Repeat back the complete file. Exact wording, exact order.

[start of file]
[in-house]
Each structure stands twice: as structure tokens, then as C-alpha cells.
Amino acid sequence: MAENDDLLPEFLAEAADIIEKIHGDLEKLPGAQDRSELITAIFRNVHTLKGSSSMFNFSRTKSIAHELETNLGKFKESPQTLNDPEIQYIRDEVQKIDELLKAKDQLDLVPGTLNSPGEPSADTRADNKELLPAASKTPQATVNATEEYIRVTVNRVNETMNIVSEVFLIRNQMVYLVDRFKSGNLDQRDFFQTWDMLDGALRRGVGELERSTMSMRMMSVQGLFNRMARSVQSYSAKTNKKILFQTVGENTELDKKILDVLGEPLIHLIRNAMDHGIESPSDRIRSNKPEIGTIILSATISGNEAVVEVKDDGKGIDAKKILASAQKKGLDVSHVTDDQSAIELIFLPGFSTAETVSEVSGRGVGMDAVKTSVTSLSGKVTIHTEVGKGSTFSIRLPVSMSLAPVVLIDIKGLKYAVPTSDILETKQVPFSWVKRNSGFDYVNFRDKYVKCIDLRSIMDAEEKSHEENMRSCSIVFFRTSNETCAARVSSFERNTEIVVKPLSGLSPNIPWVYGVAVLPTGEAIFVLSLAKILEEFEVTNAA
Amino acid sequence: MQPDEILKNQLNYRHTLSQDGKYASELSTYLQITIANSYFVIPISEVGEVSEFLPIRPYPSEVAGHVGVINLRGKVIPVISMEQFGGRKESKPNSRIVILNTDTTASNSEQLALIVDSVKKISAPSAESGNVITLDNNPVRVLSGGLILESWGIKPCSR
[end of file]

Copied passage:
[in-house]
Each structure stands twice: as structure tokens, then as C-alpha cells.
Amino acid sequence: MAENDDLLPEFLAEAADIIEKIHGDLEKLPGAQDRSELITAIFRNVHTLKGSSSMFNFSRTKSIAHELETNLGKFKESPQTLNDPEIQYIRDEVQKIDELLKAKDQLDLVPGTLNSPGEPSADTRADNKELLPAASKTPQATVNATEEYIRVTVNRVNETMNIVSEVFLIRNQMVYLVDRFKSGNLDQRDFFQTWDMLDGALRRGVGELERSTMSMRMMSVQGLFNRMARSVQSYSAKTNKKILFQTVGENTELDKKILDVLGEPLIHLIRNAMDHGIESPSDRIRSNKPEIGTIILSATISGNEAVVEVKDDGKGIDAKKILASAQKKGLDVSHVTDDQSAIELIFLPGFSTAETVSEVSGRGVGMDAVKTSVTSLSGKVTIHTEVGKGSTFSIRLPVSMSLAPVVLIDIKGLKYAVPTSDILETKQVPFSWVKRNSGFDYVNFRDKYVKCIDLRSIMDAEEKSHEENMRSCSIVFFRTSNETCAARVSSFERNTEIVVKPLSGLSPNIPWVYGVAVLPTGEAIFVLSLAKILEEFEVTNAA
Amino acid sequence: MQPDEILKNQLNYRHTLSQDGKYASELSTYLQITIANSYFVIPISEVGEVSEFLPIRPYPSEVAGHVGVINLRGKVIPVISMEQFGGRKESKPNSRIVILNTDTTASNSEQLALIVDSVKKISAPSAESGNVITLDNNPVRVLSGGLILESWGIKPCSR